Update 2: My Panigale V4's clever brakes
Published: 30 May 2018
Working so closely with their MotoGP team in its development, it’s no surprise the new Ducati Panigale V4 S is so advanced. With its Dovi-based counter rotating crank motor, its whizzy-up-and-down metal bits are an automotive marvel, but the zeros and ones inside its brains are just as jaw-dropping.
Fitted with an Inertial Measurement Unit (IMU) the Ducati comes with a smorgasbord of lean-sensitive rider aids: engine braking control, spin, slide, suspension damping and even the autoblipper changes depending on how far you’re banked over. But what the V4 does on the brakes is even more impressive.
There’s always been a debate amongst riders and racers on whether you should use the rear brake, especially on a dry, grippy racetrack. Some say that with little weight on the back wheel under hard braking from the front, there’s no point using the rear brake. For others the rear brake is essential and dragging it into corner helps shorten stopping distances and guides the bike into the turn.
Ducati’s MotoGP and WSB racers and test riders, including Alessandro Valia, Michele Pirro and Casey Stoner are all about the rear brake, so they’ve created electronics to help mortals like us to do the same, without getting into trouble.
There’s three ABS modes to choose from: front only (ABS 1), front with rear slide control (ABS 2) and full front/rear (ABS 3). It’s that magical middle setting that’ll make you feel and look like Stoner as you barrel into your favourite corner…well, sort of.
Stamp on the back brake on the way into a turn, start tipping in and the V4’s rear end will naturally want to gently drift sideways, but don’t worry because the slide control has got you. Calculating yaw angle, wheelspeeds and brake pressure the electronics will hold you up to 10-12° sideways, all the way to 40° of lean, by regulating brake pressure.
Lean too far, or get too squirrelly and full ABS is reinstated, popping you back into line again.
Thanks to Euro4, you can’t turn ABS off completely. Japanese superbikes have one-size fits all systems, which is why they struggle on track, but like Aprilia and BMW the Ducati’s ABS changes within its riding modes.
There’s no shortage of feel or stopping power from the new Brembo Stylema calipers in ABS 1, where the lean-sensitive electronics should catch you if you carry too much brake and lean angle.
Ducati have made a huge step forward with their new evolution electronic rider aids, showcased on this new V4 S. Best of all, this new tech always trickles down to their more affordable models, so it’s not just the lucky few who’ll get to experience it.
Although the slide control will be good fun on track, the beauty of all the ABS modes is they offer safety, without intruding too early and spoiling your fun on the road and track. Few bikes manage to pull this off so seamlessly.
Update 1: Ducati Panigale V4 S 'Perfect rears and broken mirrors'
Published: 30 April 2018
This summer I’ll be glimpsing into the world of the well-heeled as I get to live with 24-grand’s worth of Ducati Panigale V4 S.
It's swept its superbike rivals to one side in MCN tests this year and of all its competition it's the fastest, most powerful and quickest around a track. It's undeniably impressive, but owning a bike is a lot different to flat-out road testing and day-to-day the Ducati manages to be a comfortable and cossetting, as it is crazy-fast.
There’s loads of legroom, the seat doesn't punish my backside, the bars aren’t too low and the tall standard screen works a lot better than the tiny efforts you get on just about every other superbike.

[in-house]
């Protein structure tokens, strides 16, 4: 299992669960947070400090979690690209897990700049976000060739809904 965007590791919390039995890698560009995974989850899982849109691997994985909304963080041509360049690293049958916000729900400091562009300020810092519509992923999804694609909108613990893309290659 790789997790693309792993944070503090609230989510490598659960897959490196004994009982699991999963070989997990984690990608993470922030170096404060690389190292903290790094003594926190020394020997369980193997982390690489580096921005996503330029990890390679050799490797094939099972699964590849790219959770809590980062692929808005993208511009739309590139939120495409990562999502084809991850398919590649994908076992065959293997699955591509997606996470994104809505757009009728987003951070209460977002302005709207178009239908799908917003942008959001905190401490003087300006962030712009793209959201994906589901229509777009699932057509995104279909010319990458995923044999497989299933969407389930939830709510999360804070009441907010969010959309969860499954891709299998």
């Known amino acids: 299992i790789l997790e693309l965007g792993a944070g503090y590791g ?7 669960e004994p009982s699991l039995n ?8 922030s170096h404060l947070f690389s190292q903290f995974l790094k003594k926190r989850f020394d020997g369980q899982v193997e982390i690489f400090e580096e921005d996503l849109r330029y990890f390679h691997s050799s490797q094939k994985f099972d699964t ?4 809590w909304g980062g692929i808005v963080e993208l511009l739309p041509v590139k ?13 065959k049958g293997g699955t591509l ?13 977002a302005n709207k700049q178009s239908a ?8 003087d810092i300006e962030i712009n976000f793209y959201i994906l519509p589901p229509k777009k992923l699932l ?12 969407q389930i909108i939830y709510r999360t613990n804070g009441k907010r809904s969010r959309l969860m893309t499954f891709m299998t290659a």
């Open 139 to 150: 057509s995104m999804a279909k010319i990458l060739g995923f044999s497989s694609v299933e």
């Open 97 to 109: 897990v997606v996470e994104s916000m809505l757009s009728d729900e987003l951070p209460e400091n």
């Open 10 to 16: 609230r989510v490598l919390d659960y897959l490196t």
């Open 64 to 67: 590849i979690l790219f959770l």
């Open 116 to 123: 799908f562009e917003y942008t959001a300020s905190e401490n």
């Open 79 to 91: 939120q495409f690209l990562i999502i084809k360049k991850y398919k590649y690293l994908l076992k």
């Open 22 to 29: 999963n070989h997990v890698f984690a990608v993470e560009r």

Electronic Ohlins suspension helps the V4 glide over bumps in ‘Street’ mode, but toughens in ‘Sport’ for more support and fun in the corners. With its twin-pulse firing order the new backwards-spinning motor sounds just like a V-twin and clatters a bit like one at walking pace, but it’s so much glossier, more refined and involving.
Ok, so getting to the side stand with your boot is almost impossible, the mirrors are a constant blur, unless you pull the clutch in and there’s a fair amount of heat pumping out from the rear cylinders, which will be more of a problem when we eventually get a summer. But it’s all a small price to pay for such a masterpiece, which mamages to look both prettier and more evil the more you get used to it.
I’ve already made two mods: one good and one annoyingly bad. The good one is a new Evotech tail tidy (£154.17, www.evotech-performance.com) which gets rid of the oak tree branch-sized number plate hanger, to reveal the sexiest back end in biking. Best of all, it takes just two bolts and about 30 seconds to remove it. You can spend hours dismantling bodywork to fit tail tidies, so this is good news.
The Evotech's cast ali components have to be assembled, which takes less than half an hour and the finished product has an equisite quality befitting of the V4. It uses the standard indicators, number plate light and wiring. The whole operation takes less than an hour and the end result looks fantastic.
One modification I wasn't planning on was snapping the right mirror off. Pushing theV4 backwards on to my drive, it brushed up against some bushes on the way and snapped the mirror's slender stalk. Bugger.
Trips planned to the Nurburgring and Croatia are in the diary, as is an MSVT trackday at Brands Hatch GP on June 4. It’s one of my favourite circuits and I can’t wait to glide around its magnificent curves, but the Ducati is so loud I’m worried about it passing the 102db noise limit. Fingers crossed it won't be early bath.
I’ve loved getting to know my Ducati, riding it on short blasts and taking in bits our new MCN250 road test route. It’s so beautiful it takes me 10 minutes to walk away from it every time I park up. I’m alread dreading the day it goes back later in the year.
Now what’s the PCP on a new V4...?